Added to that, I haven't seen a phone with a slide off battery since the late 90's.
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AA4PB
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« Reply #25 on: February 04, 2011, 07:40:43 AM »

Regardless of the type of phone, I suppose there is always the "slight chance" that it could ignite if you dropped into a puddle of gas on the ground.  I guess there is also the "slight chance" that the hose will break and spray gas all over your hot muffler. You might also shut the car door on your finger. Not to worry - the gov't will protect us from it all. Grin
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N1DVJ
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« Reply #26 on: February 04, 2011, 09:12:07 AM »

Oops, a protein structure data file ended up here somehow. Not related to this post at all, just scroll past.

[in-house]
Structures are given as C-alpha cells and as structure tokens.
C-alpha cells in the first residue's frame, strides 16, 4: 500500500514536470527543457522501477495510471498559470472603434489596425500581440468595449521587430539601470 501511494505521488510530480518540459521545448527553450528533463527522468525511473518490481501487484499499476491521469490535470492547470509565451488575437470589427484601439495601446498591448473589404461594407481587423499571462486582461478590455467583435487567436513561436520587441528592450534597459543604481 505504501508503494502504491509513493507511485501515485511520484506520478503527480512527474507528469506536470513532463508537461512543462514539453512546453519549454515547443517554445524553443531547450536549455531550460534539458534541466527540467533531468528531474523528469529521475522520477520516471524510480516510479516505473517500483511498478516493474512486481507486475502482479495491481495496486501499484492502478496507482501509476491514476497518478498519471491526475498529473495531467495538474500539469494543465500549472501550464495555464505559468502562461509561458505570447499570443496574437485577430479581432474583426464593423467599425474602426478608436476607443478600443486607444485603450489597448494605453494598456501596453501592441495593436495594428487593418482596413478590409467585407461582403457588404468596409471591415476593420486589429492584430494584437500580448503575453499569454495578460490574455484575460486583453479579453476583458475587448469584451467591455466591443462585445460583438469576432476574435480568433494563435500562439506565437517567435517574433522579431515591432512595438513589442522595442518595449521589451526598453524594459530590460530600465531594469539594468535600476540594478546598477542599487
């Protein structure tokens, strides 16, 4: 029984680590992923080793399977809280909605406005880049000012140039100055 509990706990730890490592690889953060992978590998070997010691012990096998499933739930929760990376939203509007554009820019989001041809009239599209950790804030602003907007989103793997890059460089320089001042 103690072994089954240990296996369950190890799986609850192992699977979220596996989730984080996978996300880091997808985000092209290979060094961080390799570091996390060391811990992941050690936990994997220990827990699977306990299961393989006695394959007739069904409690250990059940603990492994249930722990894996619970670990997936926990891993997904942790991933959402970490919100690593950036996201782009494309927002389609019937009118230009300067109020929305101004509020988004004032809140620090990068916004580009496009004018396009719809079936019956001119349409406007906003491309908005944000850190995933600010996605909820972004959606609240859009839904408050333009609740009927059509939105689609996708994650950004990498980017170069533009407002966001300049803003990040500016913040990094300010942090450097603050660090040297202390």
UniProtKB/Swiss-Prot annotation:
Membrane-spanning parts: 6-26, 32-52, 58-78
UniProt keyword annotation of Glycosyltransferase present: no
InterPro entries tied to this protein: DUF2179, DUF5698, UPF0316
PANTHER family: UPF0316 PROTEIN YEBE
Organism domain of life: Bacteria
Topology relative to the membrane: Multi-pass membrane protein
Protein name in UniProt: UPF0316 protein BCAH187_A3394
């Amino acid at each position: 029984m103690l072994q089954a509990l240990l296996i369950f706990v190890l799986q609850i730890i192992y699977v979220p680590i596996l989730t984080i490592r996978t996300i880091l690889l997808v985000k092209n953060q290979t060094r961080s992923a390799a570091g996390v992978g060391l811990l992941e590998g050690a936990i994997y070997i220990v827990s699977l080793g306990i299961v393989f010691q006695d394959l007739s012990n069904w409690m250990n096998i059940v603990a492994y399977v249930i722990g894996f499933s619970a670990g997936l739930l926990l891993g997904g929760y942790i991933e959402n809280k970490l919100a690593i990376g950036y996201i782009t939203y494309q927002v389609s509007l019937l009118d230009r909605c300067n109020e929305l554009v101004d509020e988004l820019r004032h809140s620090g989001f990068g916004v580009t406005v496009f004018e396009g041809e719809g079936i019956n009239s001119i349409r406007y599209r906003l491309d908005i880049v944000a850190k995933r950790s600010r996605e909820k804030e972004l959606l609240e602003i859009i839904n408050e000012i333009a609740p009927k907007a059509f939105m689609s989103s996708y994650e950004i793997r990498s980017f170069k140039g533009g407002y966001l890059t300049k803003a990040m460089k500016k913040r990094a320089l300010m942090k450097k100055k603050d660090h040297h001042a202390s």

Well, I HAVE personally seen phones dropped at filling stations.  Before bluetooth ear pieces became common, it seemed people would try to run the pump while the used their shoulder to hold the phone.  You can do that with a 500 or 2500 sets, but not most cellular phones.

I've NEVER heard of an accident, but like I said, the pieces are there and it COULD happen.
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KC8IUR
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« Reply #27 on: February 04, 2011, 02:23:57 PM »

Monkeys could fly out of my anus. There's no documented case of a cell phone igniting a gas station. Ever.
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W6RMK
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Posts: 660




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« Reply #28 on: February 05, 2011, 03:51:58 AM »


one of the myths I think they explored VERY throughly tho, was the cell phone at the gas station.. being a ham.. we all know that 1/4watt transmit power isn't going to cause an arc of any significance. I've Tx'd with far more power then that in a gas station with a bare stainless steel antenna...



the fire in the gas station problem was NOT from RF...  This goes back about 7-8 years..